a 500+ page paper and parchment manuscript produced between 1495 and 1515. It details the arsenal and artillery innovations of the Habsburg monarch, Kaiser Maximilian I, who was something of an enthusiastic scholar and patron to a wide range of intellectual as well as military pursuits. He is credited with the development of the portable cannon and the establishment of the respected mercenary pikemen regiments . . . known as Landsknechts.
Kaiser, like the Russian term czar, is a corruption of the Latin caesar. The pronunciation changed when the term passed into the Teutonic languages (the OED claims it was the first Latin word to do so).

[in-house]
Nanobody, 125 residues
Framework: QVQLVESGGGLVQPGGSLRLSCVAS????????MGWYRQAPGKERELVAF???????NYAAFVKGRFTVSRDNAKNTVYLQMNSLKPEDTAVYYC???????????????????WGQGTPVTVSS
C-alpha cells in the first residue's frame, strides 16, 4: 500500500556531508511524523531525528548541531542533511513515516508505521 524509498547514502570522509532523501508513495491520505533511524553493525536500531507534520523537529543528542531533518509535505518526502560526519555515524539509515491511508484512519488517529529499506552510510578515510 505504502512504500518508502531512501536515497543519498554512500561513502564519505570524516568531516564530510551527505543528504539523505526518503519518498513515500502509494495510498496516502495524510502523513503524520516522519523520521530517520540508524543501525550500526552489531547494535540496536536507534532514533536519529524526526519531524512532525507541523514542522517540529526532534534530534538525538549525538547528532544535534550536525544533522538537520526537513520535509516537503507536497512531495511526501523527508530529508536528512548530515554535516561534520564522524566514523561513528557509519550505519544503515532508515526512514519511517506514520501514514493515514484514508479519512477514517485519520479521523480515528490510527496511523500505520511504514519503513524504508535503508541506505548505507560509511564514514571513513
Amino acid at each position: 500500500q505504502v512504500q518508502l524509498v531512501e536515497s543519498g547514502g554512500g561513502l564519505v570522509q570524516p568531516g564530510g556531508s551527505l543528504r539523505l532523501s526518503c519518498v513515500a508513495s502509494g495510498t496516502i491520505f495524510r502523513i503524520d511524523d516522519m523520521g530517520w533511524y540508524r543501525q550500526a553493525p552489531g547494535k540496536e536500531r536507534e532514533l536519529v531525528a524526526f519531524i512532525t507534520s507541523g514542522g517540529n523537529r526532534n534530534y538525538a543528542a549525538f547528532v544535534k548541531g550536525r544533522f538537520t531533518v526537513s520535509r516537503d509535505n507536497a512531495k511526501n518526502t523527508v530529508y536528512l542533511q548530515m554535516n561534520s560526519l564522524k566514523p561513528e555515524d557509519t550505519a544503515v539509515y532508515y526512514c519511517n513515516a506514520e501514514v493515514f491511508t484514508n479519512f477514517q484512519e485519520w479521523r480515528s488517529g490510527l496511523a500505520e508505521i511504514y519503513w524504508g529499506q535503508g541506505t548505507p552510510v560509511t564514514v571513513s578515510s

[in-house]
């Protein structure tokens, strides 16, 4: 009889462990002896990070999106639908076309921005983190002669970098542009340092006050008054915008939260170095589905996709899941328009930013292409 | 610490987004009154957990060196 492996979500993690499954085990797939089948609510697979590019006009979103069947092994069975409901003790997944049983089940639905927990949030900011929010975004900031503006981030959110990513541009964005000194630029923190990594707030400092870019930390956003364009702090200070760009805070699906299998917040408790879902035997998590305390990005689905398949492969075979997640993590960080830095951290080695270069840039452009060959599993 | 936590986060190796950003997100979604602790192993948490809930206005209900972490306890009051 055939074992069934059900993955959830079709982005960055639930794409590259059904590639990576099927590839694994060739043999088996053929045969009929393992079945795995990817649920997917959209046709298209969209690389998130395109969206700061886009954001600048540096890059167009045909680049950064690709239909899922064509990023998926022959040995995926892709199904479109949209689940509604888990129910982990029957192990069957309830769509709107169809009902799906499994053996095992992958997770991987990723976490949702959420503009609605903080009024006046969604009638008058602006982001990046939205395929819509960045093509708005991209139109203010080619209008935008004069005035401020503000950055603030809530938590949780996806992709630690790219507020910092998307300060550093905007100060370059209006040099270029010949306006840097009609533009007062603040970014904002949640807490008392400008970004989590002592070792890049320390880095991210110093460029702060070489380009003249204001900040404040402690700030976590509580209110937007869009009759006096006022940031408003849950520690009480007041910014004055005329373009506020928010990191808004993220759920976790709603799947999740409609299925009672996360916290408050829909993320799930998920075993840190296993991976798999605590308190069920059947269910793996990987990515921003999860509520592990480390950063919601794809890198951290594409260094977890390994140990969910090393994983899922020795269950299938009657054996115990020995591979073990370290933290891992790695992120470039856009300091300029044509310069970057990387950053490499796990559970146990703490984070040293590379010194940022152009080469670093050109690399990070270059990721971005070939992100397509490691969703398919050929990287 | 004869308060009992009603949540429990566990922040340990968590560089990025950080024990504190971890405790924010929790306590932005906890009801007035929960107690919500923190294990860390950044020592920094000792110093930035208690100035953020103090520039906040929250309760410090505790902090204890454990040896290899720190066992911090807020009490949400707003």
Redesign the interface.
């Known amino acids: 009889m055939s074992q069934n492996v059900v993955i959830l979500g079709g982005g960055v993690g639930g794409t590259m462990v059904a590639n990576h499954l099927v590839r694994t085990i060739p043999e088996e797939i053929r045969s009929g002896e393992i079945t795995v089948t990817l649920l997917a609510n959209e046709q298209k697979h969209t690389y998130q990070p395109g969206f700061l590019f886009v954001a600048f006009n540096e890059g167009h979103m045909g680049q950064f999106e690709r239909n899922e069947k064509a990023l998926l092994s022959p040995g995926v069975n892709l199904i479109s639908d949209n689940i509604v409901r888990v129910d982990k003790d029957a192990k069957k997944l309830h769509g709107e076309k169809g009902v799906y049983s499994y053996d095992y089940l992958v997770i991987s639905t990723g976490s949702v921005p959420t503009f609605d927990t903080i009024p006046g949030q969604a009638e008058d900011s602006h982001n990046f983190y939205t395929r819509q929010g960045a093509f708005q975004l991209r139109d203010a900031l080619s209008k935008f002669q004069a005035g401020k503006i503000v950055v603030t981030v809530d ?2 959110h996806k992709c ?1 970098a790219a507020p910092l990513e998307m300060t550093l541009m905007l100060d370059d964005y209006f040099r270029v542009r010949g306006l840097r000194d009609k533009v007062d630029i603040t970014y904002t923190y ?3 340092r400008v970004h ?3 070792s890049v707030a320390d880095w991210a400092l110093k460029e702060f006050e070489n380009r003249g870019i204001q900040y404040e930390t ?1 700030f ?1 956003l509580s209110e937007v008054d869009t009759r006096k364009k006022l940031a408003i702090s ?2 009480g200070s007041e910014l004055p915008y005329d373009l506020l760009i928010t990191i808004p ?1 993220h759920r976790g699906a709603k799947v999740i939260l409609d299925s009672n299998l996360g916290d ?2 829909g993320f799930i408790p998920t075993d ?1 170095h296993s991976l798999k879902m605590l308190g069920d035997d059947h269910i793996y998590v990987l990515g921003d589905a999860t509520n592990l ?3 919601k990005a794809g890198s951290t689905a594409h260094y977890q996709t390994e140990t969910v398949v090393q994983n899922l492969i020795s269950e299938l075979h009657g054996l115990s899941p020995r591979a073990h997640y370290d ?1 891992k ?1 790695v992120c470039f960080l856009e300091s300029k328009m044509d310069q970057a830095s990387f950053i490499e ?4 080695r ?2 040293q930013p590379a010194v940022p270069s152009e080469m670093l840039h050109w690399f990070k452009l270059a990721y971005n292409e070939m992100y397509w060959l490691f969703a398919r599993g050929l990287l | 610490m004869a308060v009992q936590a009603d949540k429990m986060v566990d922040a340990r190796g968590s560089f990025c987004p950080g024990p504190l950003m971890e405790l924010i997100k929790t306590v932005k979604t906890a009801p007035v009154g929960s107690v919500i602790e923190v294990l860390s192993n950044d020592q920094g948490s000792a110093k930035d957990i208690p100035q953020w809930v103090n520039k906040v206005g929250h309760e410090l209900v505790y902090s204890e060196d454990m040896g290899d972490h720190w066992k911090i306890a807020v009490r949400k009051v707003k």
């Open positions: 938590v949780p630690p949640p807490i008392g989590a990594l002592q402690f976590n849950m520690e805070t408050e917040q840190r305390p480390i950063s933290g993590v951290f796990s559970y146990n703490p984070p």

Although the German word Kaiser is indeed different from the original Latin Caesar, it's not much different. In classical Latin, the Cae would indeed have been pronounced Kai as in kind. It probably came into the Teutonic languages via Greek . It was originally the family name of Julius Caesar, meaning"hairy." There is a distinct possibility that this was intended humorously, since the Caesar men had a tendency to baldness. (Rather like calling a bald guy "Curly.")